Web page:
As trainer Alwin Tan gazed at War Affair galloping past in a barrier trial on Tuesday, a flood of memories came rushing back, more so with this Sunday’s running of the Emirates Singapore Derby.
The Ong family’s handsome warrior is not quite the same dominant force he used to be. During a 1 ½-year blitz under Tan’s tutelage, the son of O’Reilly used to run circles around his rivals, capturing half of his 16 wins, all at Group level including five at Group 1 level.
But the one run which to this day still rankles with Tan was that day in July 2015 when War Affair was denied a place in history after losing the third Leg of the Singapore Four-Year-Old Challenge, the Emirates Singapore Derby (2000m), by a neck to Quechua.
Infantry (No 5) will reunite with Manoel Nunes in the Emirates Singapore Derby, picture Singapore Turf Club
Six months earlier, War Affair had also faltered at the last hurdle in the Singapore Triple Crown series, the Longines Singapore Gold Cup, but the pain did not cut as deep – he just did not stay the 2200m.
Tan had been brimming with so much confidence leading up to the Derby. War Affair beat his rivals into submission in both the Group 2 Stewards’ Cup (1400m) and the Group 1 Patron’s Bowl (1600m). A race is never won on paper, but many thought the Singaporean handler could start rehearsing his victory speech.
But racing is a funny old game. War Affair lost and Tan also lost War Affair soon afterwards. The champion had run his last race for Tan and was moved to Bruce Marsh.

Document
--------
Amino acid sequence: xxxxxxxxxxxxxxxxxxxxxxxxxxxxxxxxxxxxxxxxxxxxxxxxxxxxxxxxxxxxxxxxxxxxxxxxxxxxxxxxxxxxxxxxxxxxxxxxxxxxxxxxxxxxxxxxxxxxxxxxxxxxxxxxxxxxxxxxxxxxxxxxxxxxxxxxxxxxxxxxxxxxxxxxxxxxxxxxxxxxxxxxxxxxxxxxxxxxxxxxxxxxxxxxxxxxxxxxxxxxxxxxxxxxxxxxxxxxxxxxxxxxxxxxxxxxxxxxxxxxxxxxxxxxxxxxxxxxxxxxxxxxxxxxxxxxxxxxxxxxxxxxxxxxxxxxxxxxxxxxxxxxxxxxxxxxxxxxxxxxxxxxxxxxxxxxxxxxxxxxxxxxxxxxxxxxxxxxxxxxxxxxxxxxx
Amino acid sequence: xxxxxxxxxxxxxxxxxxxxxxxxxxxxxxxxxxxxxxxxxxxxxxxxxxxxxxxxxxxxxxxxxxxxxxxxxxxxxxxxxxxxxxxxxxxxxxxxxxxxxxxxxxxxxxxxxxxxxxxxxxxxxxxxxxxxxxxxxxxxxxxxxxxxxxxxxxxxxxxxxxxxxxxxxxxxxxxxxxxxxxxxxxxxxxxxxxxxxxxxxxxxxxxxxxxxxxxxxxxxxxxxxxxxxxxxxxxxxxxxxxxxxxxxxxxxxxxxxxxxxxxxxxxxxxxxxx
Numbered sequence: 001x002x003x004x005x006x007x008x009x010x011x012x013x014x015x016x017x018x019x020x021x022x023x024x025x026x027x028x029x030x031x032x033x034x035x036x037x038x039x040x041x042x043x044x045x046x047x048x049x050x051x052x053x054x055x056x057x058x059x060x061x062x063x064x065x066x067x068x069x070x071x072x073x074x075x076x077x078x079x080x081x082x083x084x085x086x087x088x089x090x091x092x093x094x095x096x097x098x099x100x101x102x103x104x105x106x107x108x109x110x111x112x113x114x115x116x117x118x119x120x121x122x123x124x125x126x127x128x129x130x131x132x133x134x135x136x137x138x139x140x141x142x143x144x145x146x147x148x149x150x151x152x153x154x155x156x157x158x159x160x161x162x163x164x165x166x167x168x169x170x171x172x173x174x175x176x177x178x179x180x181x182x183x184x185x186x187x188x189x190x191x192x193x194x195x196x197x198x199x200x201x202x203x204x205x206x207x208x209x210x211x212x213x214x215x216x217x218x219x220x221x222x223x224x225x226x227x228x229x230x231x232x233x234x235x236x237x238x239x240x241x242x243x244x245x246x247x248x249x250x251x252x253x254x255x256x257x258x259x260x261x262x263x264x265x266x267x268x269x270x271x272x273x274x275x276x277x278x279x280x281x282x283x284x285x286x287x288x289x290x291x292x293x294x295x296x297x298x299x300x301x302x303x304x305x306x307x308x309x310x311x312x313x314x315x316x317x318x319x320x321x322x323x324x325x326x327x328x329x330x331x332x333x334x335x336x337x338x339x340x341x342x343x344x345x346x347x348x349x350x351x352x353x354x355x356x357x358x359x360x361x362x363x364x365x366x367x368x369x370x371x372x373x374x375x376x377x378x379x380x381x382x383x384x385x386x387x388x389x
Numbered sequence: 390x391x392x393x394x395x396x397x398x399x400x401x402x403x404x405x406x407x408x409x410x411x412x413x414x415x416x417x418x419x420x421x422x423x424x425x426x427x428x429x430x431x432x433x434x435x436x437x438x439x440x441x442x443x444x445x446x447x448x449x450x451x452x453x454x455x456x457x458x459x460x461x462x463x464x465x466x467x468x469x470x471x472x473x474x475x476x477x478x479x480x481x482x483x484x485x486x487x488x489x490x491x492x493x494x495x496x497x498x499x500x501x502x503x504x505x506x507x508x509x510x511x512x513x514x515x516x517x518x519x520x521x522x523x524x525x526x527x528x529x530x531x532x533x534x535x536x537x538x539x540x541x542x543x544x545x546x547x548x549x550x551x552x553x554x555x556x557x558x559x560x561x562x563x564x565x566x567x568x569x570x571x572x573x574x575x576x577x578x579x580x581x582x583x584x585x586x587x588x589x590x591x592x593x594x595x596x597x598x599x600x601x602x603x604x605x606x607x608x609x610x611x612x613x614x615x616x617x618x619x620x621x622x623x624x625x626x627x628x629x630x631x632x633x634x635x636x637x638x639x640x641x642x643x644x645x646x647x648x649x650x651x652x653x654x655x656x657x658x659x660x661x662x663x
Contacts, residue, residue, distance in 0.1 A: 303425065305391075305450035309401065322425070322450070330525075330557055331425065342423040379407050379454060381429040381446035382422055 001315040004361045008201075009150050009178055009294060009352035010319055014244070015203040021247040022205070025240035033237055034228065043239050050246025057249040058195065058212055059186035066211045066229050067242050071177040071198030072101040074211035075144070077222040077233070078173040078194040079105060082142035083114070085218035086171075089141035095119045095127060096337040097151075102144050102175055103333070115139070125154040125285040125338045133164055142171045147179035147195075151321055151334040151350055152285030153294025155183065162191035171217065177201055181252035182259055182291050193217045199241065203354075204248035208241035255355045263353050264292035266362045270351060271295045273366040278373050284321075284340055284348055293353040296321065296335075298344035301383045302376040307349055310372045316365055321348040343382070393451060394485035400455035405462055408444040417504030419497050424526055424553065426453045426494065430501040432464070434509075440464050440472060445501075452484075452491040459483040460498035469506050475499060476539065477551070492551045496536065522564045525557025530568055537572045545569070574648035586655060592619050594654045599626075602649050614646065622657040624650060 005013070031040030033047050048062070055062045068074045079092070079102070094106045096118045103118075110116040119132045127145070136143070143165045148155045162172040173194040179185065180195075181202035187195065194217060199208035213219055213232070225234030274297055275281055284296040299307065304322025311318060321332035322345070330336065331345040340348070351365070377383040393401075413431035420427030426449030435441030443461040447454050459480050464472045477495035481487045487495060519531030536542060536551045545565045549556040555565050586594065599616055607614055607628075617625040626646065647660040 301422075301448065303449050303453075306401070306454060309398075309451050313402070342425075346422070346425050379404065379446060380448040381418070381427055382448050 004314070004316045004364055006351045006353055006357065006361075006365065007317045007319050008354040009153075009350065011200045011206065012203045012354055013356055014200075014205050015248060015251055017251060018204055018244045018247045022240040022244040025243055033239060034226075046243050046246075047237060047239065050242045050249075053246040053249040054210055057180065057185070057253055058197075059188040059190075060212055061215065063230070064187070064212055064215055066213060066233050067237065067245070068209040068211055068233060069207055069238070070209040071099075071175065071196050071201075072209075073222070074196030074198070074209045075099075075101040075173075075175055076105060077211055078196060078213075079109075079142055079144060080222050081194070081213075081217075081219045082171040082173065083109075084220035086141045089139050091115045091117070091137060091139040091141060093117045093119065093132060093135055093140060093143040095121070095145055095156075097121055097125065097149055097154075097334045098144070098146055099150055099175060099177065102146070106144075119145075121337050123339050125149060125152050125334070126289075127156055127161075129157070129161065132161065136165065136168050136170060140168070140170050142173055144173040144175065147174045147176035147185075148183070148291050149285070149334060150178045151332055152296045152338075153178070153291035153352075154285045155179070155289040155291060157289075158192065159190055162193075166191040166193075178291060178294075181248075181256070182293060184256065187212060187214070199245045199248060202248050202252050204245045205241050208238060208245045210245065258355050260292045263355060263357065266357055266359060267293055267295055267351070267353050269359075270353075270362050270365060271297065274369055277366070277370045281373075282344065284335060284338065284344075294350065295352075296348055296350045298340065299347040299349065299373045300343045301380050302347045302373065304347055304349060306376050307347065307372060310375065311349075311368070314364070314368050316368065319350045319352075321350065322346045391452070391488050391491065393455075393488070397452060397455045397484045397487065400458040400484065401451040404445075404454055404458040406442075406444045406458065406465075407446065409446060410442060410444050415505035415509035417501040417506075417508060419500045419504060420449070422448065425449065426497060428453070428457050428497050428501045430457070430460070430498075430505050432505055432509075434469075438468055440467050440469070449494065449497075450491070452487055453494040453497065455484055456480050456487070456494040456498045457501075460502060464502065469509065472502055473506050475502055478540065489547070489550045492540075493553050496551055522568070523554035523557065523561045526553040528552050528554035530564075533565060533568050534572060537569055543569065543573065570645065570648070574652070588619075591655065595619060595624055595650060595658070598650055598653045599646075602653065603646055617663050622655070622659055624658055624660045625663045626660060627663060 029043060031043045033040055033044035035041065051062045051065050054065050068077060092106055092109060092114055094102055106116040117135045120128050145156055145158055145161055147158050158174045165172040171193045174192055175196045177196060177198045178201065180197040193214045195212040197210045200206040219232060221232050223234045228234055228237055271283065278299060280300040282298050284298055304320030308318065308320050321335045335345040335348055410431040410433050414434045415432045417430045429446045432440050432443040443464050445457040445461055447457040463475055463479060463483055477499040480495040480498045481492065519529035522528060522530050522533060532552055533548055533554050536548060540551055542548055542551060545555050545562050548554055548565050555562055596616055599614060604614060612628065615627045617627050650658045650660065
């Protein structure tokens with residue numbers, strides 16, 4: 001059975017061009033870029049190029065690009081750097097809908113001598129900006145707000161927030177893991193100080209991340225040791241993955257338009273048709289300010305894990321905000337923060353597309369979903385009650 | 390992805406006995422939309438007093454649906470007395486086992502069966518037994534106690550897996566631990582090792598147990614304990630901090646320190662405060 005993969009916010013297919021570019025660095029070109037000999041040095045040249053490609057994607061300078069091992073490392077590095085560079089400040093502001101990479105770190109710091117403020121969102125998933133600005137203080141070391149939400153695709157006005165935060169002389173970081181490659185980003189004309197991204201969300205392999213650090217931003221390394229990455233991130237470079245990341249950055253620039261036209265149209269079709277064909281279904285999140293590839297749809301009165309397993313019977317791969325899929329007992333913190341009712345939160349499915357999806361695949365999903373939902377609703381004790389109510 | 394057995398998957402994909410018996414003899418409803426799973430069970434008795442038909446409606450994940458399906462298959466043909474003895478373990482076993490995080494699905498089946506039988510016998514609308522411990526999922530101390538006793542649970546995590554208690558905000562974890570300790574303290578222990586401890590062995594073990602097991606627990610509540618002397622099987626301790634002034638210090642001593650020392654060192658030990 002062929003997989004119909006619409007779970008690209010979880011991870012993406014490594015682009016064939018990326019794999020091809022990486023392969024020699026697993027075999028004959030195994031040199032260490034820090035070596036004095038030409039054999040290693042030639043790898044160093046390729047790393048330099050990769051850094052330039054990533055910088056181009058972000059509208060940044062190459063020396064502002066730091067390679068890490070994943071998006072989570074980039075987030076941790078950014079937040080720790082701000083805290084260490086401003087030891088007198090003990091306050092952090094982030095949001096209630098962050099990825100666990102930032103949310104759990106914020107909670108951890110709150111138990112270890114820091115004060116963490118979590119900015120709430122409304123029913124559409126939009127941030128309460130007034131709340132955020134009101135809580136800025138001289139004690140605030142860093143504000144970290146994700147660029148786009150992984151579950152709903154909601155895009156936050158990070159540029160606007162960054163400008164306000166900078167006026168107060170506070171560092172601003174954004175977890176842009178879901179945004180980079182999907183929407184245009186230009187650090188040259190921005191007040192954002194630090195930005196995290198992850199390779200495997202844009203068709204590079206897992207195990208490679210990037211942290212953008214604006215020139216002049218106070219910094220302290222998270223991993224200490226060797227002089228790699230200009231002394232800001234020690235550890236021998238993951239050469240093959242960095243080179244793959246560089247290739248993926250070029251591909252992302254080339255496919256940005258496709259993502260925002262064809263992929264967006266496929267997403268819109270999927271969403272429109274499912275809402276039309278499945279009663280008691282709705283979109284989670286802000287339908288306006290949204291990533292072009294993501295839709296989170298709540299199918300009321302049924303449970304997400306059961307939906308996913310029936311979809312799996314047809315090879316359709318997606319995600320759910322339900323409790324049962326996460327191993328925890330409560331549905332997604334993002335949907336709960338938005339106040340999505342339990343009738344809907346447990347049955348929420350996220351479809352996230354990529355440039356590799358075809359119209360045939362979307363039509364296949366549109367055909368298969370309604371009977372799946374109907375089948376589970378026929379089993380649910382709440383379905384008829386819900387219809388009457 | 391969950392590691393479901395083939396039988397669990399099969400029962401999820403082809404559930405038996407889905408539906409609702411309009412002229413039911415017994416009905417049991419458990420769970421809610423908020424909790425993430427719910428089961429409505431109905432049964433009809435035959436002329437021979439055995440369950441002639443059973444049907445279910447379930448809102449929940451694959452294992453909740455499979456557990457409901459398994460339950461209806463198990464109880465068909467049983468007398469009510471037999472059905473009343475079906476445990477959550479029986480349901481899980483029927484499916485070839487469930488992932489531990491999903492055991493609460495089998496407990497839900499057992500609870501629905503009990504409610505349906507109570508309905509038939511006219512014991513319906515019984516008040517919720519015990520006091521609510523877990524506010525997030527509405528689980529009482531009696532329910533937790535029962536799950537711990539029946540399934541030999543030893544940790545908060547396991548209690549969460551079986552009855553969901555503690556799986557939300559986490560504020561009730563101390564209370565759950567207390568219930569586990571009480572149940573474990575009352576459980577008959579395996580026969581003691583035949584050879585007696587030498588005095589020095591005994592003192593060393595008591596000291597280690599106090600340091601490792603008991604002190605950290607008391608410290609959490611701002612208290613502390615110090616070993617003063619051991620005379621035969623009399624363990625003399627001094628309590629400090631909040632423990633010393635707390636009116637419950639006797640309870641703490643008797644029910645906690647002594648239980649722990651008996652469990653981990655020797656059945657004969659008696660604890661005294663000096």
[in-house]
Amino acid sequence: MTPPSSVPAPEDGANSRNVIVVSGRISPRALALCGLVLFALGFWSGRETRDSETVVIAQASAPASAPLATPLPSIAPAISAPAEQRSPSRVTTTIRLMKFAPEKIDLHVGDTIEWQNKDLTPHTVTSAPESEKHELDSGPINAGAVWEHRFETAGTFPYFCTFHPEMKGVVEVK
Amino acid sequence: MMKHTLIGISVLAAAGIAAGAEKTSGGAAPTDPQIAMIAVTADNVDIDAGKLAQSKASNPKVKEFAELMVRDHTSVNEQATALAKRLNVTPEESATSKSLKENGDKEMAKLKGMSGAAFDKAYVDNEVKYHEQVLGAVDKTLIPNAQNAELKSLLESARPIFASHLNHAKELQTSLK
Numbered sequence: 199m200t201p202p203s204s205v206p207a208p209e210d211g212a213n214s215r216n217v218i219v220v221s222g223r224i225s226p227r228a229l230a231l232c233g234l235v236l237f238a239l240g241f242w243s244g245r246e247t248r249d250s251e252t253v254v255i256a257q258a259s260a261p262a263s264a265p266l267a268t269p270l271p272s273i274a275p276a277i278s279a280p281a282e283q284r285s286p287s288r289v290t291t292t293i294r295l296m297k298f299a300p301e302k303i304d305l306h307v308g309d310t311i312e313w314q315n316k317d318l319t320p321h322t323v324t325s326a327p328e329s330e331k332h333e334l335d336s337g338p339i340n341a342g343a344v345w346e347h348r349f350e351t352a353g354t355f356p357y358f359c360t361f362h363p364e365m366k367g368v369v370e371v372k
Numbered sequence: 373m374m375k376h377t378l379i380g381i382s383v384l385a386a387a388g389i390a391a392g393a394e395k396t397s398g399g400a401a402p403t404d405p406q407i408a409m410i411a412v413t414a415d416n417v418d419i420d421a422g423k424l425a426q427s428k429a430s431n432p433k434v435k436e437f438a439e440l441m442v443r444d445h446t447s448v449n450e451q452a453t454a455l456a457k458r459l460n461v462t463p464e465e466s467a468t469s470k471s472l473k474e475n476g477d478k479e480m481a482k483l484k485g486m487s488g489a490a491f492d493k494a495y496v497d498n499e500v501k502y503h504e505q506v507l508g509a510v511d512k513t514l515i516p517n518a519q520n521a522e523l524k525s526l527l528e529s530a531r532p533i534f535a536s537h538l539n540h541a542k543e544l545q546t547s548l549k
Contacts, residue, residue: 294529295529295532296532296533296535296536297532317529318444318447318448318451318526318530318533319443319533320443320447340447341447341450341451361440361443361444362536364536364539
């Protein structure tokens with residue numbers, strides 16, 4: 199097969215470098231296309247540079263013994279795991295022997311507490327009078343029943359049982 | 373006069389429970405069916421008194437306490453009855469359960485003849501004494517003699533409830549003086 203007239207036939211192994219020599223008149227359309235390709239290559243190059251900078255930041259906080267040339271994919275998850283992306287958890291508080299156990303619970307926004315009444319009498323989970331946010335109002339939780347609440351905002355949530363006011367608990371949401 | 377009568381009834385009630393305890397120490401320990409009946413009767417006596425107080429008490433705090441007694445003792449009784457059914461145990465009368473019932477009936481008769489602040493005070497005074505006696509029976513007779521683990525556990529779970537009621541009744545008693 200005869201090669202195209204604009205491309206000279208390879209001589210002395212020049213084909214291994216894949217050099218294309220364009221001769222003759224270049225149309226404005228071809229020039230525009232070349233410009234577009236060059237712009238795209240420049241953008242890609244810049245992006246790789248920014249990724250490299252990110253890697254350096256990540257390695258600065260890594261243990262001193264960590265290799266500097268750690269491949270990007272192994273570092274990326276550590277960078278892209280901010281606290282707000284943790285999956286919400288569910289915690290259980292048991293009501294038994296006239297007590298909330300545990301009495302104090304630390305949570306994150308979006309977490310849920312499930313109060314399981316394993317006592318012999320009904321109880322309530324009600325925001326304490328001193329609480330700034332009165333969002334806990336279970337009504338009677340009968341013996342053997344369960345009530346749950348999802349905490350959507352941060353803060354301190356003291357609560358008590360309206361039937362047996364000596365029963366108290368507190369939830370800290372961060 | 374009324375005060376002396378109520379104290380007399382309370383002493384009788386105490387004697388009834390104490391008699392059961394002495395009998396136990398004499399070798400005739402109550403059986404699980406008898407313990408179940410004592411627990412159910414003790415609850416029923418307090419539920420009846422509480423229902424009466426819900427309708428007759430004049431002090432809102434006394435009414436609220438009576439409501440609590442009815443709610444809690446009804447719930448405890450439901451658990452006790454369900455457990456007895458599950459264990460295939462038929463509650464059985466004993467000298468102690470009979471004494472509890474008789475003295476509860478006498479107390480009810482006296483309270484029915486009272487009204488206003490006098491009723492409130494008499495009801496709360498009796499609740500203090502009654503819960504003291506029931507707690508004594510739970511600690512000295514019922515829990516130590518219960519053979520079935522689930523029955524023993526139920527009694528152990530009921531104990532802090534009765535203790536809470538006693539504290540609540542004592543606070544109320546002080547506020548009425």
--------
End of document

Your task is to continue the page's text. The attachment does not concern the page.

“He’s the best horse I even trained. I still treasure the time he was under my care,” said Tan who went on to win the Singapore trainer’s premiership the following year.
“Losing the Derby was hard to take. Quechua beat him by a neck and I remember that moment like it was yesterday.
“But it’s the past now, and this Sunday, I get another chance of winning my first Derby. None of the three horses – Infantry, Nova Strike and Absolute Miracle – are in the same class as War Affair, but they are not bad horses at all, especially Infantry.”
Tan said his trio have all come though their preparations more or less according to plan, and all that’s left to do now is see whether the individual programme he has mapped out for them will pay off on Sunday. All three will be at their first test over the 2000m trip of the $1.15 million Group 1 race.
“They have all worked pretty well. The only concern is the distance, it’s their first time over 2000m, it’s a very new challenge to them,” said Tan.
“I’m more confident with Infantry as he’s the top-rated horse in my stable and I always thought he would be more suited by longer staying races. His good barrier (six) is also a plus.
“I’ve been training him for more endurance and of the three, he’s the one who is more used to this new type of training. He can be subject to heat strokes, though, so we have to be mindful of that.
“For two weeks, I just did endurance work with him, no fast gallops, and just maintain his condition. I will have to discuss with his jockey Manoel Nunes (back on him after missing out in the Patron’s Bowl due to injury) on the best way to ride him.
“Absolute Miracle did well in the Patron’s Bowl (fifth to Alibi) and I was very pleasantly surprised with that run. It’s the first time he will run in such a big group of horses, so we’ll have to see how he handles that.
“I think he wants more ground, too, and the 2000m should be much better for him. He’s drawn wide (13), though, and his jockey Alan Munro will probably have to find a spot without cover a little further back than usual.
“As for Nova Strike, he always tries hard, but he’s a small horse and the weights are not to his advantage. He’s also drawn wide (12), and I’ll have to work out a strategy with his jockey Derreck David.”